How to Invest in 4-Week T-Bills: The Complete Process
The following questions were left at my recent post on 4-week T-bill rate:
When the 4 week period is over what happens to the money invested? Do you reinvest the money along with the interest earned ? Also what kind of tax document do they provide (1099 etc) and does that show the details for all the investment made over the year?
Though I have written on how to purchase T-bills through a bank account in the past, I never thought about a post on the complete process of T-bill investment until I read the above comments, which raise some basic yet practical questions about investing in T-bills (in addition to the rates). I feel the best way to answer these questions is to write an entry with detailed process for any one who is interested in investing T-bills but didn’t start yet.
Open a Treasury Direct account
To start investing in T-bills (not just Bills, but Notes, Bonds, TIPS, and savings bonds as well), you need to have a Treasury Direct (TD) account. There are three simple steps to open an account, you need to provide the following items:
- Social security number
- Driver’s license number or state ID and expiration Date
- Bank routing number and account number
- E-mail address
While the website says it will take about 10 minutes to complete the online application, the time after you complete the application till your account becomes available is likely to be longer. I remember when I opened my account four years ago, I had to wait a couple of weeks before I could use it. Things may have changed since then, but considering the waiting time for my EFTPS account (more than two weeks), I won’t be surprised if the process takes much longer time. (Edit: Reader Joe just commented that his account took 7 days to become available. So this probably is the time frame. Thanks Joe!)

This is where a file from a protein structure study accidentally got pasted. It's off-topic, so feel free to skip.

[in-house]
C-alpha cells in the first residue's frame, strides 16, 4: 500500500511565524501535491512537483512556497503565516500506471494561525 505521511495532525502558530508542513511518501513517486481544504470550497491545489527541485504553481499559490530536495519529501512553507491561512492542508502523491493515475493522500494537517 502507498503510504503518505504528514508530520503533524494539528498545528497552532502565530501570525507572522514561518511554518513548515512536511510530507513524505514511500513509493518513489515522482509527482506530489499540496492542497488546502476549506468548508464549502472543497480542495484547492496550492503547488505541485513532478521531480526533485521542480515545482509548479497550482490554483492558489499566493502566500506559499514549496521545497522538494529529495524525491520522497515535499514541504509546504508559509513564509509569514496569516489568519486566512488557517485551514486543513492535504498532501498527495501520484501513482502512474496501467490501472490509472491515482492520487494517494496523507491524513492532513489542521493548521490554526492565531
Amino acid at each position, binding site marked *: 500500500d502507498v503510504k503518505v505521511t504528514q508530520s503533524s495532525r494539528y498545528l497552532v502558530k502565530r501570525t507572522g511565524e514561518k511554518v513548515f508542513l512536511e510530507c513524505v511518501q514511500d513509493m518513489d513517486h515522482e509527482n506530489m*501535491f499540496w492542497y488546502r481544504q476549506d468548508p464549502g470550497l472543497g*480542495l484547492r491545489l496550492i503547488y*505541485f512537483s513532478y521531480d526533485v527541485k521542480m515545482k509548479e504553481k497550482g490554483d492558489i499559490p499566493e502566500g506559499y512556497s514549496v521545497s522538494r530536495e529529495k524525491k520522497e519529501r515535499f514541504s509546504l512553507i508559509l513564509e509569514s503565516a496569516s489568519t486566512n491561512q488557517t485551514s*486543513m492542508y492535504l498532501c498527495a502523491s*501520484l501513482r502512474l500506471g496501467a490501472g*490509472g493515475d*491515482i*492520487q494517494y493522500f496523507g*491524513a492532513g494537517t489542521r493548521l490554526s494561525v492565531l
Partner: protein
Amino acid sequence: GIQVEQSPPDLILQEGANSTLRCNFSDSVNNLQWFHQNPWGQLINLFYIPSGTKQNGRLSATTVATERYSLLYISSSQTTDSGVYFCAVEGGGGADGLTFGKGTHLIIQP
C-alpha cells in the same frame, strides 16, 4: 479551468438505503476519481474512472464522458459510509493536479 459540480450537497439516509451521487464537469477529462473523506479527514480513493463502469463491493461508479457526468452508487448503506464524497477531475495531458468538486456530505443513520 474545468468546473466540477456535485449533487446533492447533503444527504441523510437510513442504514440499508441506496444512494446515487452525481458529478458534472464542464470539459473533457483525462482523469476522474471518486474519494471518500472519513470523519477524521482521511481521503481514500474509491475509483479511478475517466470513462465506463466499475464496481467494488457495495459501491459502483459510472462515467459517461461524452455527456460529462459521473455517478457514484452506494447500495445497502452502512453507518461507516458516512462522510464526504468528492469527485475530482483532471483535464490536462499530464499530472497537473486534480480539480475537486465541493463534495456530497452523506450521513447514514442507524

Fund your account
Before making a purchase, you need to link a bank account (checking, savings, or money market) to your Treasury Direct account in order to fund your investments. TD offers two ways to fund your T-bill purchase: a bank account or Zero-percent Certificate of Indebtedness (Zero-Percent C of I or C of I). For me, my HSBC savings account is linked to TD account. Actually, you can probably can use any account with an account number and routing number to purchase T-bills, not necessarily a checking or savings account, as they are required to open your TD account.
Schedule your purchases
Now that your TD account is ready and you know which account you want to use to make the payment, you can schedule your investments.
To begin the setup, log in your TD account, then click the “Buy Direct” tab from the top menu bar and select Bills from the next screen. Submit your selection and you will be led to a new screen where you can enter details of how much and how often you want to invest, as well as sources to fund the purchases and receive principals and interests.
First, you choose how to make a purchase:
The product term is 4-week and the minimum purchase amount is $1,000. Here you can add the bank account as your source of funds.